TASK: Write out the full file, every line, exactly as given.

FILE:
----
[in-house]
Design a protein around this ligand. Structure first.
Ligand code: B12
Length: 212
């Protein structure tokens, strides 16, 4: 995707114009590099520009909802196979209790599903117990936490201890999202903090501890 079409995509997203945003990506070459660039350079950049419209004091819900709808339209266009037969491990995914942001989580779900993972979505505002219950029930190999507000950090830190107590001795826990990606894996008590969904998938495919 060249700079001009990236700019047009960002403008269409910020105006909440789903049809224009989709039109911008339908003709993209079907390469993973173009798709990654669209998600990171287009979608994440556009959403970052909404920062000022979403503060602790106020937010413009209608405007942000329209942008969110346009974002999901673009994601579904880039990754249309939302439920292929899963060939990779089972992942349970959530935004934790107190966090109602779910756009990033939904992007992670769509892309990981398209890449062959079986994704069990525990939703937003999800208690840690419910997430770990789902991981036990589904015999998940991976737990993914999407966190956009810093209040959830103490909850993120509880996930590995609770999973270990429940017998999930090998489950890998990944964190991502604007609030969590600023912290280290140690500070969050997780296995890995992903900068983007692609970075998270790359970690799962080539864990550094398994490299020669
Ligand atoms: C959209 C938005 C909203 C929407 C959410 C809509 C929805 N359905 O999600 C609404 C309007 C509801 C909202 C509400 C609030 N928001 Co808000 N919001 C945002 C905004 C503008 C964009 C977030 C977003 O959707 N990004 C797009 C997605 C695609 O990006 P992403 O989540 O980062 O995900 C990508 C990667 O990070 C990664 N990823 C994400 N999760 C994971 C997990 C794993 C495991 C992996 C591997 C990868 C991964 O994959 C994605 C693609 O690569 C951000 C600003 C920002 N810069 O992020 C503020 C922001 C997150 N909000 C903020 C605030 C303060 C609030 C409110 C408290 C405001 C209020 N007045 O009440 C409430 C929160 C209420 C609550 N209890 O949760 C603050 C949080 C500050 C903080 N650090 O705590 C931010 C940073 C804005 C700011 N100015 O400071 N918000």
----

[in-house]
Design a protein around this ligand. Structure first.
Ligand code: B12
Length: 212
């Protein structure tokens, strides 16, 4: 995707114009590099520009909802196979209790599903117990936490201890999202903090501890 079409995509997203945003990506070459660039350079950049419209004091819900709808339209266009037969491990995914942001989580779900993972979505505002219950029930190999507000950090830190107590001795826990990606894996008590969904998938495919 060249700079001009990236700019047009960002403008269409910020105006909440789903049809224009989709039109911008339908003709993209079907390469993973173009798709990654669209998600990171287009979608994440556009959403970052909404920062000022979403503060602790106020937010413009209608405007942000329209942008969110346009974002999901673009994601579904880039990754249309939302439920292929899963060939990779089972992942349970959530935004934790107190966090109602779910756009990033939904992007992670769509892309990981398209890449062959079986994704069990525990939703937003999800208690840690419910997430770990789902991981036990589904015999998940991976737990993914999407966190956009810093209040959830103490909850993120509880996930590995609770999973270990429940017998999930090998489950890998990944964190991502604007609030969590600023912290280290140690500070969050997780296995890995992903900068983007692609970075998270790359970690799962080539864990550094398994490299020669
Ligand atoms: C959209 C938005 C909203 C929407 C959410 C809509 C929805 N359905 O999600 C609404 C309007 C509801 C909202 C509400 C609030 N928001 Co808000 N919001 C945002 C905004 C503008 C964009 C977030 C977003 O959707 N990004 C797009 C997605 C695609 O990006 P992403 O989540 O980062 O995900 C990508 C990667 O990070 C990664 N990823 C994400 N999760 C994971 C997990 C794993 C495991 C992996 C591997 C990868 C991964 O994959 C994605 C693609 O690569 C951000 C600003 C920002 N810069 O992020 C503020 C922001 C997150 N909000 C903020 C605030 C303060 C609030 C409110 C408290 C405001 C209020 N007045 O009440 C409430 C929160 C209420 C609550 N209890 O949760 C603050 C949080 C500050 C903080 N650090 O705590 C931010 C940073 C804005 C700011 N100015 O400071 N918000």